The Palazzo Vecchio Museum is the most famous building in Piazza Signoria in Florence. The Palazzo Vecchio has played many roles throughout history-it functioned as the city hall of Florence was the residence to the affluent Medici family in Florence, and was the seat of the government in Florence. Designed by Arnolfo di Cambio, who also built the Duomo, the Palazzo Vecchio now functions as a museum for Renaissance art and architecture in Florence. Filled with secret passages and secret routes, the Palazzo Vecchio is one of the top five museums in Florence, and visiting this museum is often mentioned as one of the top things to do in Florence. Everything in the Palazzo Vecchio, including the building, is a piece of art and a visit to this museum in Florence is more of an experience about the building’s design and history rather than art. The Courtyard of Palazzo Vecchio is made up of a series of fascinating stuccos and frescoes that are worth seeing and the café here is a local favorite of the Florentines.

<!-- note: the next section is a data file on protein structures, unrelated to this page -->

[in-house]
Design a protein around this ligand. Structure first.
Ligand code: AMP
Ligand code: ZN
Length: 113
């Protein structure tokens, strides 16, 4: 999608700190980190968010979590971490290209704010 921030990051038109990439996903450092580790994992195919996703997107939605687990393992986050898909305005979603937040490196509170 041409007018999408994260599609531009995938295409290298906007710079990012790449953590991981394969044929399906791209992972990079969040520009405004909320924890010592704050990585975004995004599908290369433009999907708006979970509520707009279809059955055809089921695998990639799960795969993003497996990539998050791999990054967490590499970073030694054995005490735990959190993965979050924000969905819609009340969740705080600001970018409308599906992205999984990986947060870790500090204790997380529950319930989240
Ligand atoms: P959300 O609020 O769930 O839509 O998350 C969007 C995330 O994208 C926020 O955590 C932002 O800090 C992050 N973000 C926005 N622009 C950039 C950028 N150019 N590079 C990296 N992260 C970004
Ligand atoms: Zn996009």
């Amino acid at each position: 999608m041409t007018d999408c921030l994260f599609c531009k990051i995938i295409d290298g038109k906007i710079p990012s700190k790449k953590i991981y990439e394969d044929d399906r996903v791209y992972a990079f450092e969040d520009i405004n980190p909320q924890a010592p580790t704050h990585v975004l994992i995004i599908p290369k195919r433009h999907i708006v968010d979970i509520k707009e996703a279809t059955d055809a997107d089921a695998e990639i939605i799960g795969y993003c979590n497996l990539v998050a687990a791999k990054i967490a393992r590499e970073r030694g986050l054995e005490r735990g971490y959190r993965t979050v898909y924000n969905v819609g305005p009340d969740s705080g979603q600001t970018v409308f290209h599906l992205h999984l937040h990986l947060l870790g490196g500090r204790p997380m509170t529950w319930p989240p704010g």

Best Time to Visit
Between 3 PM and 6 PM
Recommended Duration
3 Hours

Palazzo Vecchio Museum Highlights

  1. Dante’s Death Mask
  2. Donatello’s ‘Judith’
  3. Arnolfo Tower
  4. Salone dei Cinquecento (The Hall of the Five Hundred)
  5. The Room of Maps

Recommended Accademia Gallery Tickets

Palazzo Vecchio Museum Reviews

We had a wonderful tour guide named Anna. She was very knowledgeable and we loved her voice. She was very pleasant and took extra time with a group.

- Margaret, September 2022

Beautiful details and full of information. Nice service. Will recommend to anyone.

- Chira, October 2022

#8 Museo del Bargello

Museum for Decorative Arts in Florence

from €18.50

Museums in Florence
Gothic Art Sculptures Culture